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Rose and Donaldson lead as McIlroy and Woods toil

Justin Rose of England watches his shot from the 18th tee during the first round of the Abu Dhabi Golf Championship at the Abu Dhabi Golf Cl
Justin Rose of England watches his shot from the 18th tee during the first round of the Abu Dhabi Golf Championship at the Abu Dhabi Golf Cl

By Tony Jimenez

ABU DHABI (Reuters) - Rory McIlroy was reduced to a bit-part role and Tiger Woods struck one of the worst shots of the day as Britons Justin Rose and Jamie Donaldson stole the show in the Abu Dhabi Championship first round on Thursday.

Rose and Donaldson led the way with five-under 67s as winds gusting up to 30 kph (20 mph) made scoring difficult in the opening event of the European Tour's three-week desert swing that also includes the Qatar Masters and Dubai Classic.

Sharing third place on 68 were Spain's Pablo Larrazabal and Thorbjorn Olesen of Denmark.

World number one McIlroy made the worst possible start when he somehow contrived to putt the ball into a greenside bunker at the 10th hole, his first. He escaped with a par but two double-bogeys later in the round meant he slumped to a three-over 75.

The 23-year-old Northern Irishman signed a massive sponsorship deal in Abu Dhabi on Monday but he refused to attribute his lackluster display to his new Nike clubs.

"Of course, it takes time to get used to ... it's a little bit of an experimental period," the twice major winner told reporters. "I guess when you're going out with new stuff you're always going to be a little anxious.

"I just felt like I wasn't swinging that well. For the most part I was very happy with everything."

McIlroy's playing partner Woods made a trademark charge with three birdies in four holes from the 15th but then completely duffed his drive at the first, the American striking the ground behind the tee peg before squirting the ball out just 120 yards.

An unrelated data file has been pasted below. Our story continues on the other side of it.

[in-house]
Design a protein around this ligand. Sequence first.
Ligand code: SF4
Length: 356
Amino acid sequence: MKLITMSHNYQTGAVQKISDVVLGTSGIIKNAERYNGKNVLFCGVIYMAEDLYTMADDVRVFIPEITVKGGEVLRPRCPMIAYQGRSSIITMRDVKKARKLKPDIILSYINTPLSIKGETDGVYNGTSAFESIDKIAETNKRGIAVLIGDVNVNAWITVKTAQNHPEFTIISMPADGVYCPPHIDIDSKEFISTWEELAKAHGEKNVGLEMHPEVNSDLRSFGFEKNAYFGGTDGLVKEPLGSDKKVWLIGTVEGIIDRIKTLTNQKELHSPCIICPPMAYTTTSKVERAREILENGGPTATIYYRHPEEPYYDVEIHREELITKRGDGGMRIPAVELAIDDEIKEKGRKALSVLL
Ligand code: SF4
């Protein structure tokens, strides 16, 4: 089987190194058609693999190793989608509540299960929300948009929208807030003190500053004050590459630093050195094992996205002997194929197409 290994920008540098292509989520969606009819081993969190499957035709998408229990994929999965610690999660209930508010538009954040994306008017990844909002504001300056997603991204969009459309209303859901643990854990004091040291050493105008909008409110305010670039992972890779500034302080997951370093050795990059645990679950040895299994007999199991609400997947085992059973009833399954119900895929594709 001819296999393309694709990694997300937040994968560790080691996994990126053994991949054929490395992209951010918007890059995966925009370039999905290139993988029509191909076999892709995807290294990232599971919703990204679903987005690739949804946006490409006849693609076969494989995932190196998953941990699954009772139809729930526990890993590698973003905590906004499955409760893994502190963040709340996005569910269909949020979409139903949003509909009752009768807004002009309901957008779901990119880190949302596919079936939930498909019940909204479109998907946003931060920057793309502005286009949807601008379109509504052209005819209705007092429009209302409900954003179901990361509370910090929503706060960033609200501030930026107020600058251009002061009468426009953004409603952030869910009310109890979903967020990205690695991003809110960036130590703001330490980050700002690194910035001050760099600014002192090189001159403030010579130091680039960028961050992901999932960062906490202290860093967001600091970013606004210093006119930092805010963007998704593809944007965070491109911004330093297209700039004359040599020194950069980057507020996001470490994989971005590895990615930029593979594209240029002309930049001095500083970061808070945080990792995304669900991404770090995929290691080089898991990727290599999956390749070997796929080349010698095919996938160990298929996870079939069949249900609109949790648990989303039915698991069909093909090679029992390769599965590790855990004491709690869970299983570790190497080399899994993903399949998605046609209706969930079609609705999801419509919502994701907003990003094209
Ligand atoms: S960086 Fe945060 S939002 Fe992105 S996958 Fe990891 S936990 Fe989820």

"My game plan was to hit a three-iron or five-wood on that hole and then I changed my mind," said the world number two after carding a level-par 72.

"I should have just backed off and followed my game plan. I had a strategy for the day and clubs I was going to use and what spot I was going to hit it to. I didn't do that there, paid the price and made bogey."

World number five Rose also made a hash of the first hole as he opened with a bogey five.

The Englishman recovered in style at the Abu Dhabi Golf Club, picking up birdies at the second, third, fifth, eighth, ninth and 10th.

EXTRA BONUS

"My short game was probably what separated me today," said Rose. "I holed a very long putt on the fifth, probably 50 or 60 feet, so that was clearly a bonus.

"Then I holed a bunker shot at the ninth. It was a very tough shot, one of those you up-and-down only about 50 percent of the time, so that was an extra bonus."

Rose said his game from tee to green was nowhere near its best.

"I didn't have it completely under control with the long game," he explained. "I didn't feel perfect.

"I think it was the type of day where you had to accept some mistakes. The course this week is set up very difficult, the fairways are narrow and, with a lot of crosswinds, the fairways are hard to hit."

Rose said he had always liked grinding out a score in tough conditions.

"That's the type of golf I like to play," he added. "I tend to like tournaments where the winning score is between eight and 12 under par.

"Those are the tests that I feel suit me well."

Donaldson followed up his tied 16th finish at last week's Volvo Golf Champions event in South Africa with a polished six-birdie display in the Middle East.

"This is a tough course, it's tricky out there, and I'm chuffed with the score," said the in-form Welshman. "I made a few good up-and-downs and holed a bunker shot.

"Five-under is a great start because if you're slightly off here you can be severely penalized. The rough is quite penal and you've got to keep it out of there."

Paul McGinley, appointed Europe's 2014 Ryder Cup captain on Tuesday, came back down to earth with a bang as the Irishman slid to a 76.

Also on four-over were defending champion Robert Rock of Britain and former Ryder Cup skippers Jose Maria Olazabal and Colin Montgomerie. Darren Clarke, the 2011 British Open winner, recorded a 79.

(Editing by Mark Meadows and Toby Davis)

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